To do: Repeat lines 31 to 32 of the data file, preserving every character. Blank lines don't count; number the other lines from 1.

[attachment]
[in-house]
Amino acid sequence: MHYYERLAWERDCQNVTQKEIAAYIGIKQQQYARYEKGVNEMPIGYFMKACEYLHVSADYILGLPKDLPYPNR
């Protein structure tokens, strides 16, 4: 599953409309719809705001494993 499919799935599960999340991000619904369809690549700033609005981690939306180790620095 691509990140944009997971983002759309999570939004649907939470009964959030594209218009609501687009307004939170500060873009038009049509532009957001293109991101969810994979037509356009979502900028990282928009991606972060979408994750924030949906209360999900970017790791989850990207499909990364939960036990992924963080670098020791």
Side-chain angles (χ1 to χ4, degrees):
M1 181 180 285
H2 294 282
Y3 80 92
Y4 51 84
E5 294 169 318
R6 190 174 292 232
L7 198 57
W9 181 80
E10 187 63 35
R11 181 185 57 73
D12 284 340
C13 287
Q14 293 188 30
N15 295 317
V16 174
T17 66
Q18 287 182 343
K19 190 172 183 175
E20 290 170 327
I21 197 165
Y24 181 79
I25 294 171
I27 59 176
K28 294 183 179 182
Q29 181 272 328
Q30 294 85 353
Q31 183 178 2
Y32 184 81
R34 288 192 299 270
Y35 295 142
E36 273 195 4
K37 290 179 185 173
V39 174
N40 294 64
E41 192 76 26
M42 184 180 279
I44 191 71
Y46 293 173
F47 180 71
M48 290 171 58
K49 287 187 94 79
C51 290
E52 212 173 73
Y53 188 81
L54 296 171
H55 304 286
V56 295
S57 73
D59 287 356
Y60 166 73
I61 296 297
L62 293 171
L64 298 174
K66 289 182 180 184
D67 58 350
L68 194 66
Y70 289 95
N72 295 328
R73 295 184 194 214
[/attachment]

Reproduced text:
Q31 183 178 2
Y32 184 81